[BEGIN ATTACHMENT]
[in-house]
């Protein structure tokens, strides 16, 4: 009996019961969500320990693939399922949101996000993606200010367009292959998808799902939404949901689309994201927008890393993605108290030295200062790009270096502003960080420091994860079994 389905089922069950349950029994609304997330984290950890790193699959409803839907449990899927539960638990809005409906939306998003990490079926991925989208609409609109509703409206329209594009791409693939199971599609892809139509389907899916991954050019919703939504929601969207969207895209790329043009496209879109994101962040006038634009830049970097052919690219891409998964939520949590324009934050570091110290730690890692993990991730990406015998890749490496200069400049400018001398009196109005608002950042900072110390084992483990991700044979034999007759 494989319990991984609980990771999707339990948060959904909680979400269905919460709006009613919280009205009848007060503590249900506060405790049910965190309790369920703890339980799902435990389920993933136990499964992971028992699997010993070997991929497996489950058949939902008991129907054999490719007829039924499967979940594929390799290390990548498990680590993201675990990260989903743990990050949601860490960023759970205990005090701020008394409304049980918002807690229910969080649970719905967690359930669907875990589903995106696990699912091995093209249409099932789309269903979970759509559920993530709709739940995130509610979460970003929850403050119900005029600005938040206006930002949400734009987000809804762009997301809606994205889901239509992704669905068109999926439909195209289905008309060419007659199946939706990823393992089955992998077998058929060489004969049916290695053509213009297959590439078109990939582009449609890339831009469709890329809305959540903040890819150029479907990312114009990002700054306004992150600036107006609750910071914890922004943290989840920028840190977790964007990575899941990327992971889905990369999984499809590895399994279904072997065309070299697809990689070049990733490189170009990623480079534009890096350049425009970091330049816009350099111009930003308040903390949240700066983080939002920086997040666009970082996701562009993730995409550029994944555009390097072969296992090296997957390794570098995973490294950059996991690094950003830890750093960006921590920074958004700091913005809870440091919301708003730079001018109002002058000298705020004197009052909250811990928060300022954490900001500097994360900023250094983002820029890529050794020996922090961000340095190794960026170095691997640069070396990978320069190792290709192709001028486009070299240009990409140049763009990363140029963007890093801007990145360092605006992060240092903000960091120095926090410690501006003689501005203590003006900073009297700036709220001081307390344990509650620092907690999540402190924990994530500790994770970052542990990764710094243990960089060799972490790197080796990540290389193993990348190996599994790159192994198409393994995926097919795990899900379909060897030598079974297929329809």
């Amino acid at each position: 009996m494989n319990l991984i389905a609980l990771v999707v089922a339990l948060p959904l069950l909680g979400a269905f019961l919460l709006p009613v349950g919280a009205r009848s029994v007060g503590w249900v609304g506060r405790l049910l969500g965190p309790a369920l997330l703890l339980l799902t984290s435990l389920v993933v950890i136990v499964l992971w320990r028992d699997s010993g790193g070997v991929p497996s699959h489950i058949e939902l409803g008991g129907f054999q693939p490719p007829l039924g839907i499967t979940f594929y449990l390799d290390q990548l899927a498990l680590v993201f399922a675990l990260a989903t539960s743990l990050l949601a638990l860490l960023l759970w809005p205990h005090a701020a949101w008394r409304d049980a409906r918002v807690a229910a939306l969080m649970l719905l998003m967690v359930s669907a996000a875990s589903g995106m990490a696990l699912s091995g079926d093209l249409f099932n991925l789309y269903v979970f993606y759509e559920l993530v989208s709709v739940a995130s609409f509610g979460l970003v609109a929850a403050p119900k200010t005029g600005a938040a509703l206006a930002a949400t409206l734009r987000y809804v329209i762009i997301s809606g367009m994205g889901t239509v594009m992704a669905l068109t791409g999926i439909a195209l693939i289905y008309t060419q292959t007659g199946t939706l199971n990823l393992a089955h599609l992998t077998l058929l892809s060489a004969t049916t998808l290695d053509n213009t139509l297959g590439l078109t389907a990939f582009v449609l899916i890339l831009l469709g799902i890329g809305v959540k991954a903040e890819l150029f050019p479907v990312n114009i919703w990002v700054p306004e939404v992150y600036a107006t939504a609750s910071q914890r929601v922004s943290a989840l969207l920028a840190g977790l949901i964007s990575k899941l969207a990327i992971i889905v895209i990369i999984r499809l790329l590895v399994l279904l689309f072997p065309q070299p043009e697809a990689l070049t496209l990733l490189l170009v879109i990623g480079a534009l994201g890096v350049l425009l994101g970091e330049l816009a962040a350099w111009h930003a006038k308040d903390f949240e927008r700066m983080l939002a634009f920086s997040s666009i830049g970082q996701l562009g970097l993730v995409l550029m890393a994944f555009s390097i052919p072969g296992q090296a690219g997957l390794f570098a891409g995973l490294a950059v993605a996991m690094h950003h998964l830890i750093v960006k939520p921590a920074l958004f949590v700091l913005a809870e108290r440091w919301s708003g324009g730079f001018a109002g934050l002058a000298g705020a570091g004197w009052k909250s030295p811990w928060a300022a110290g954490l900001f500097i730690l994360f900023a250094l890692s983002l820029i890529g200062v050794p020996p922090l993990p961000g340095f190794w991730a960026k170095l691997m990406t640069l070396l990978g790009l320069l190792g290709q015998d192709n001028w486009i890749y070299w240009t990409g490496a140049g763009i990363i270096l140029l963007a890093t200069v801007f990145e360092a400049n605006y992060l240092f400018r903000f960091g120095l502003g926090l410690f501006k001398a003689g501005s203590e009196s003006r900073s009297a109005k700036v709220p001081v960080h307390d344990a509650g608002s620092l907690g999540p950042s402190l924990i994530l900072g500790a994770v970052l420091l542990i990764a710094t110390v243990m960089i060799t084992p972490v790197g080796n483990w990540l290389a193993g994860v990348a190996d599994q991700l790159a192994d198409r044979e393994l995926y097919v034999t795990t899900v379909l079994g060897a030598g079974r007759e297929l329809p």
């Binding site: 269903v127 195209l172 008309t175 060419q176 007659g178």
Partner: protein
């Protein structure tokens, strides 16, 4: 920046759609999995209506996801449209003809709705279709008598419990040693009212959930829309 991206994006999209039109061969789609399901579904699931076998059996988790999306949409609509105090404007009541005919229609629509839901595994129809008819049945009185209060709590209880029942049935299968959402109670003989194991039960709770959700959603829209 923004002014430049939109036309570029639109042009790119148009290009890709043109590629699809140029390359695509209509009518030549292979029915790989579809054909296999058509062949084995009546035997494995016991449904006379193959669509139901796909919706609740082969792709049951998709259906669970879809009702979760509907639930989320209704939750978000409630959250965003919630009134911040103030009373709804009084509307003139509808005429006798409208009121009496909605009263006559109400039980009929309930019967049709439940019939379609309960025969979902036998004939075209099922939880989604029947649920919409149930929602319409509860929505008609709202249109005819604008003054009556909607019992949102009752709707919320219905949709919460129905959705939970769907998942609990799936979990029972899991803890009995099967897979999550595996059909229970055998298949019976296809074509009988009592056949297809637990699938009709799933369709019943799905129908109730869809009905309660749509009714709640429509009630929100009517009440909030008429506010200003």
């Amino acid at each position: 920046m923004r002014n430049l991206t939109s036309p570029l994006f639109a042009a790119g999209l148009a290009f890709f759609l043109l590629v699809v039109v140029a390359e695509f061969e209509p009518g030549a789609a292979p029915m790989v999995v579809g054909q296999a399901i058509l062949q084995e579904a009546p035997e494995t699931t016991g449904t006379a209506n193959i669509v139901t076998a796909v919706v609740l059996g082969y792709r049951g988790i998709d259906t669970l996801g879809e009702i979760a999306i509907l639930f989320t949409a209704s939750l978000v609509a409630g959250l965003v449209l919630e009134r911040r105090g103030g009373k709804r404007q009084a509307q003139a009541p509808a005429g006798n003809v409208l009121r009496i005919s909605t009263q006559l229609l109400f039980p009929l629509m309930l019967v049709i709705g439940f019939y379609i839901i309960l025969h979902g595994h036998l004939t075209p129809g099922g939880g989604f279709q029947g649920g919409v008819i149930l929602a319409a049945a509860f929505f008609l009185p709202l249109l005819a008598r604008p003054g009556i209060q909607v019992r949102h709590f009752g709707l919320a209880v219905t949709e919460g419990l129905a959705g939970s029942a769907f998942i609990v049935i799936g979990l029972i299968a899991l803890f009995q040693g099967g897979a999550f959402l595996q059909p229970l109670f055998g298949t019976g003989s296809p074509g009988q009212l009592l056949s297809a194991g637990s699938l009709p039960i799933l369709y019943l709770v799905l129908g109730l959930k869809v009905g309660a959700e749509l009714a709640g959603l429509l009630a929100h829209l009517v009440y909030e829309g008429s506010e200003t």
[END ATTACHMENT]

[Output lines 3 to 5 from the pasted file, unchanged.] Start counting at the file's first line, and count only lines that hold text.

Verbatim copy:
């Amino acid at each position: 009996m494989n319990l991984i389905a609980l990771v999707v089922a339990l948060p959904l069950l909680g979400a269905f019961l919460l709006p009613v349950g919280a009205r009848s029994v007060g503590w249900v609304g506060r405790l049910l969500g965190p309790a369920l997330l703890l339980l799902t984290s435990l389920v993933v950890i136990v499964l992971w320990r028992d699997s010993g790193g070997v991929p497996s699959h489950i058949e939902l409803g008991g129907f054999q693939p490719p007829l039924g839907i499967t979940f594929y449990l390799d290390q990548l899927a498990l680590v993201f399922a675990l990260a989903t539960s743990l990050l949601a638990l860490l960023l759970w809005p205990h005090a701020a949101w008394r409304d049980a409906r918002v807690a229910a939306l969080m649970l719905l998003m967690v359930s669907a996000a875990s589903g995106m990490a696990l699912s091995g079926d093209l249409f099932n991925l789309y269903v979970f993606y759509e559920l993530v989208s709709v739940a995130s609409f509610g979460l970003v609109a929850a403050p119900k200010t005029g600005a938040a509703l206006a930002a949400t409206l734009r987000y809804v329209i762009i997301s809606g367009m994205g889901t239509v594009m992704a669905l068109t791409g999926i439909a195209l693939i289905y008309t060419q292959t007659g199946t939706l199971n990823l393992a089955h599609l992998t077998l058929l892809s060489a004969t049916t998808l290695d053509n213009t139509l297959g590439l078109t389907a990939f582009v449609l899916i890339l831009l469709g799902i890329g809305v959540k991954a903040e890819l150029f050019p479907v990312n114009i919703w990002v700054p306004e939404v992150y600036a107006t939504a609750s910071q914890r929601v922004s943290a989840l969207l920028a840190g977790l949901i964007s990575k899941l969207a990327i992971i889905v895209i990369i999984r499809l790329l590895v399994l279904l689309f072997p065309q070299p043009e697809a990689l070049t496209l990733l490189l170009v879109i990623g480079a534009l994201g890096v350049l425009l994101g970091e330049l816009a962040a350099w111009h930003a006038k308040d903390f949240e927008r700066m983080l939002a634009f920086s997040s666009i830049g970082q996701l562009g970097l993730v995409l550029m890393a994944f555009s390097i052919p072969g296992q090296a690219g997957l390794f570098a891409g995973l490294a950059v993605a996991m690094h950003h998964l830890i750093v960006k939520p921590a920074l958004f949590v700091l913005a809870e108290r440091w919301s708003g324009g730079f001018a109002g934050l002058a000298g705020a570091g004197w009052k909250s030295p811990w928060a300022a110290g954490l900001f500097i730690l994360f900023a250094l890692s983002l820029i890529g200062v050794p020996p922090l993990p961000g340095f190794w991730a960026k170095l691997m990406t640069l070396l990978g790009l320069l190792g290709q015998d192709n001028w486009i890749y070299w240009t990409g490496a140049g763009i990363i270096l140029l963007a890093t200069v801007f990145e360092a400049n605006y992060l240092f400018r903000f960091g120095l502003g926090l410690f501006k001398a003689g501005s203590e009196s003006r900073s009297a109005k700036v709220p001081v960080h307390d344990a509650g608002s620092l907690g999540p950042s402190l924990i994530l900072g500790a994770v970052l420091l542990i990764a710094t110390v243990m960089i060799t084992p972490v790197g080796n483990w990540l290389a193993g994860v990348a190996d599994q991700l790159a192994d198409r044979e393994l995926y097919v034999t795990t899900v379909l079994g060897a030598g079974r007759e297929l329809p």
């Binding site: 269903v127 195209l172 008309t175 060419q176 007659g178």
Partner: protein